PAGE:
Prevent path traversal


ID: java-security/path-traversal

Language: Java

Severity: Warning

Category: Security


This rule prevents security vulnerabilities that allow an attacker to read, write, or delete files on the server that they should not have access to. This type of attack, known as Path Traversal or Directory Traversal, involves manipulating variables that reference files with ../ sequences and its variations.

The potential harm of this vulnerability is significant, as it can lead to unauthorized access to sensitive data, corruption of system files, or even complete takeover of the server. It is, therefore, crucial to implement safeguards against path traversal attacks in your code.

In Java, you can avoid path traversal vulnerabilities by not using user input directly to access file paths. If you must use user input, ensure that it is properly sanitized. For example, you could use a whitelist of acceptable inputs, or strip out or deny any input containing ‘..’ or similar sequences. In the provided code, the user input (param) is used to construct a file path (fileName), but it is first checked to ensure that it does not contain any path traversal sequences. This makes the code compliant with the ‘Prevent path traversal’ rule.

Non-Compliant Code Examples

 * OWASP Benchmark v1.2
 * <p>This file is part of the Open Web Application Security Project (OWASP) Benchmark Project. For
 * details, please see <a
 * href=""></a>.
 * <p>The OWASP Benchmark is free software: you can redistribute it and/or modify it under the terms
 * of the GNU General Public License as published by the Free Software Foundation, version 2.
 * <p>The OWASP Benchmark is distributed in the hope that it will be useful, but WITHOUT ANY
 * WARRANTY; without even the implied warranty of MERCHANTABILITY or FITNESS FOR A PARTICULAR
 * PURPOSE. See the GNU General Public License for more details.
 * @author Dave Wichers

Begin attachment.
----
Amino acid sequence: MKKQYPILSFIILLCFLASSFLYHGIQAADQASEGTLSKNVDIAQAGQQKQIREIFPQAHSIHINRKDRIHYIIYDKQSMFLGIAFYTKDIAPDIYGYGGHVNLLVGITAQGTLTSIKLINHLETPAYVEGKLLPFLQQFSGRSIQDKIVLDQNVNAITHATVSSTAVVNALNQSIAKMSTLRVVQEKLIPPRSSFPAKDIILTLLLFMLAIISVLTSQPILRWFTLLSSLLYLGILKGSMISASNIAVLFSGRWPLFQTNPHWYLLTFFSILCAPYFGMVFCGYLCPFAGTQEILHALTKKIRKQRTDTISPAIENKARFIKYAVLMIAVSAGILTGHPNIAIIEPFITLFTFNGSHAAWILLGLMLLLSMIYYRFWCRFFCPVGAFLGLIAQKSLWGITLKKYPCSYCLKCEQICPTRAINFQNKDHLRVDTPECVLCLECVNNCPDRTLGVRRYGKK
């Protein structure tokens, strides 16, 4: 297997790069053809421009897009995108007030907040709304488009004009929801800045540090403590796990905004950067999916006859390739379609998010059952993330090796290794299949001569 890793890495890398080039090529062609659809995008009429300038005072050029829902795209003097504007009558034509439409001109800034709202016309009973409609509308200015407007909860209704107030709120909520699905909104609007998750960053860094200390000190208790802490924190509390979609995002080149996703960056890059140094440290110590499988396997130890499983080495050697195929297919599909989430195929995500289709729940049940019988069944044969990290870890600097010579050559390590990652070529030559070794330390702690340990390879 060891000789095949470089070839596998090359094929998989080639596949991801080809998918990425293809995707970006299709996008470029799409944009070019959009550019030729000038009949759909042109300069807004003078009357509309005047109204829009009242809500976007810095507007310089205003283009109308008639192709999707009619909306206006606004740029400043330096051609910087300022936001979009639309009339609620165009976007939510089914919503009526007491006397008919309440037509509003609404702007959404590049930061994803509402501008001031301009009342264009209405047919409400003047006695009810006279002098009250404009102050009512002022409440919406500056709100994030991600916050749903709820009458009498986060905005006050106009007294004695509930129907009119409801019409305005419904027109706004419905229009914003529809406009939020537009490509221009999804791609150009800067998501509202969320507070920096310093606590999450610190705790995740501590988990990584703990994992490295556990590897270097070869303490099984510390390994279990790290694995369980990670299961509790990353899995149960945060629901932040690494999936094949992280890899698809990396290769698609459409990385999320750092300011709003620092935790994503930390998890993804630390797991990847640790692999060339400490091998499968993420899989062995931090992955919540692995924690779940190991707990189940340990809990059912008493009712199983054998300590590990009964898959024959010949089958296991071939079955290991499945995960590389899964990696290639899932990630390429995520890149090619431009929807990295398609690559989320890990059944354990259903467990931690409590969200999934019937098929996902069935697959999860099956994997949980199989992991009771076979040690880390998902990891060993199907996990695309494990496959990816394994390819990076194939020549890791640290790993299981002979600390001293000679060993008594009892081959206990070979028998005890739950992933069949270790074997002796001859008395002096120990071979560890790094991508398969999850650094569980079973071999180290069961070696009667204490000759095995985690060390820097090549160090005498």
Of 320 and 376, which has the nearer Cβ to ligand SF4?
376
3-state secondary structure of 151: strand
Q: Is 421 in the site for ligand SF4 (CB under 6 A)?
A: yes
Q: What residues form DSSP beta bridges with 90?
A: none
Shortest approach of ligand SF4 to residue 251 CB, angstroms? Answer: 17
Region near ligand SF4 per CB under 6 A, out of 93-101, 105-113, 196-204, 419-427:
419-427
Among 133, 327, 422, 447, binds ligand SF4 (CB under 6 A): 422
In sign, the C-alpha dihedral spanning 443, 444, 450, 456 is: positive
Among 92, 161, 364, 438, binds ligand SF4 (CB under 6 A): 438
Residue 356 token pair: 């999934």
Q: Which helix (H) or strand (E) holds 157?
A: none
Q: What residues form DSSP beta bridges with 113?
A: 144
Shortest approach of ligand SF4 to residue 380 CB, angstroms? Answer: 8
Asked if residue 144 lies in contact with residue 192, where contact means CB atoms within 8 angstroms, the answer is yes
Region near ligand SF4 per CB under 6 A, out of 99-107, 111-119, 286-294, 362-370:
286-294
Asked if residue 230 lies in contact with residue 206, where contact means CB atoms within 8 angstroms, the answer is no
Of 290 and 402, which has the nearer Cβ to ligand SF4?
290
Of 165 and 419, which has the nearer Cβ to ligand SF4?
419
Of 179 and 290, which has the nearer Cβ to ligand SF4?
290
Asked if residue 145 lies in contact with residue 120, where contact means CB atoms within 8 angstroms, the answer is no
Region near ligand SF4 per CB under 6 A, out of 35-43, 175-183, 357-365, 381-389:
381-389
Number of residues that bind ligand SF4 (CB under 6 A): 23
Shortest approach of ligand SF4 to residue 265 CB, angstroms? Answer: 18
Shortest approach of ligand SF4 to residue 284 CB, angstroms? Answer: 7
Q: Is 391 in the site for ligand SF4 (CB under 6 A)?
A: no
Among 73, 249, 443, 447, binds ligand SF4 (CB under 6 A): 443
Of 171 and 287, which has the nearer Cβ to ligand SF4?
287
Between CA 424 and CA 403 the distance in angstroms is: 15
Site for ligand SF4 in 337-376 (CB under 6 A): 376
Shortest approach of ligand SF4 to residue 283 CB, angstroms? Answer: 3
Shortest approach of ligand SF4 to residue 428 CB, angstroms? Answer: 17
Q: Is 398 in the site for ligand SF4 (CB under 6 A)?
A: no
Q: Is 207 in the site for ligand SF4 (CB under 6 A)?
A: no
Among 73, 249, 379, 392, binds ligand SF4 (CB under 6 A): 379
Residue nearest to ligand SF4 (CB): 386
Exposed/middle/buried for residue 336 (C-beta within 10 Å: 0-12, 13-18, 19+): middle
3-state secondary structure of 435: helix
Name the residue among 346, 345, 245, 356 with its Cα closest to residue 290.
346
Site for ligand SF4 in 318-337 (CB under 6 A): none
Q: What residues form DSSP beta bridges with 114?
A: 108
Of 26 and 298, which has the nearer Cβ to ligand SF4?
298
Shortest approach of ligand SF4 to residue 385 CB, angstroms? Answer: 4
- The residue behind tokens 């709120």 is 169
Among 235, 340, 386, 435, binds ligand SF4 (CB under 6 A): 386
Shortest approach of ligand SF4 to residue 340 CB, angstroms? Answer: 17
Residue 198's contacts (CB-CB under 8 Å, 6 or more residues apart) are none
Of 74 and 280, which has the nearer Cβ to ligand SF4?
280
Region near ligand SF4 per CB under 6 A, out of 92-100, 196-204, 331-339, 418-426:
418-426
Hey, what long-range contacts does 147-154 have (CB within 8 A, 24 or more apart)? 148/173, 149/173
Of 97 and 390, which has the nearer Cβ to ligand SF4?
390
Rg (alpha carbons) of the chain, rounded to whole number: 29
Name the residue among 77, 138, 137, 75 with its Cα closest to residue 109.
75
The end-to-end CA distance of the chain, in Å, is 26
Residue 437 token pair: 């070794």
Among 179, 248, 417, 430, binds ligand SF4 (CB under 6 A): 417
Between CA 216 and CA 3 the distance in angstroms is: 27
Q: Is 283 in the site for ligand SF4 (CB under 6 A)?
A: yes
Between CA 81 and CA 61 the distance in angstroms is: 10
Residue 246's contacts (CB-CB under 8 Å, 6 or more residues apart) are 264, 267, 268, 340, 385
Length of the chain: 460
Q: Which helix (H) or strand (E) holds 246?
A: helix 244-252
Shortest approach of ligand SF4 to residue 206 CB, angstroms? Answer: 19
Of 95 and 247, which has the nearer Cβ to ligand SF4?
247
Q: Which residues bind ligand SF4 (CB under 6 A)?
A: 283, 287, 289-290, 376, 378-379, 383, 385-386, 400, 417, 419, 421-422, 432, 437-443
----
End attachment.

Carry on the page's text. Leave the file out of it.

* @created 2015
package org.owasp.benchmark.testcode;

import javax.servlet.ServletException;
import javax.servlet.annotation.WebServlet;
import javax.servlet.http.HttpServlet;
import javax.servlet.http.HttpServletRequest;
import javax.servlet.http.HttpServletResponse;

@WebServlet(value = "/pathtraver-00/BenchmarkTest00045")
public class BenchmarkTest00045 extends HttpServlet {

    private static final long serialVersionUID = 1L;

    public void doGet(HttpServletRequest request, HttpServletResponse response)
            throws ServletException, IOException {
        doPost(request, response);

    public void doPost(HttpServletRequest request, HttpServletResponse response)
            throws ServletException, IOException {
        // some code

        String[] values = request.getParameterValues("BenchmarkTest00045");
        String param;
        if (values != null && values.length > 0) param = values[0];
        else param = "";

        String fileName = org.owasp.benchmark.helpers.Utils.TESTFILES_DIR + param;

        try (
        // Create the file first so the test won't throw an exception if it doesn't exist.
        // Note: Don't actually do this because this method signature could cause a tool to find
        // THIS file constructor
        // as a vuln, rather than the File signature we are trying to actually test.
        // If necessary, just run the benchmark twice. The 1st run should create all the necessary
        // files.
        // new +
        // param).createNewFile(); fos =
                new; ) {
                            "Now ready to write to file: "
                                    + org.owasp.esapi.ESAPI.encoder().encodeForHTML(fileName));

        } catch (Exception e) {
            System.out.println("Couldn't open FileOutputStream on file: '" + fileName + "'");
} jetbrains

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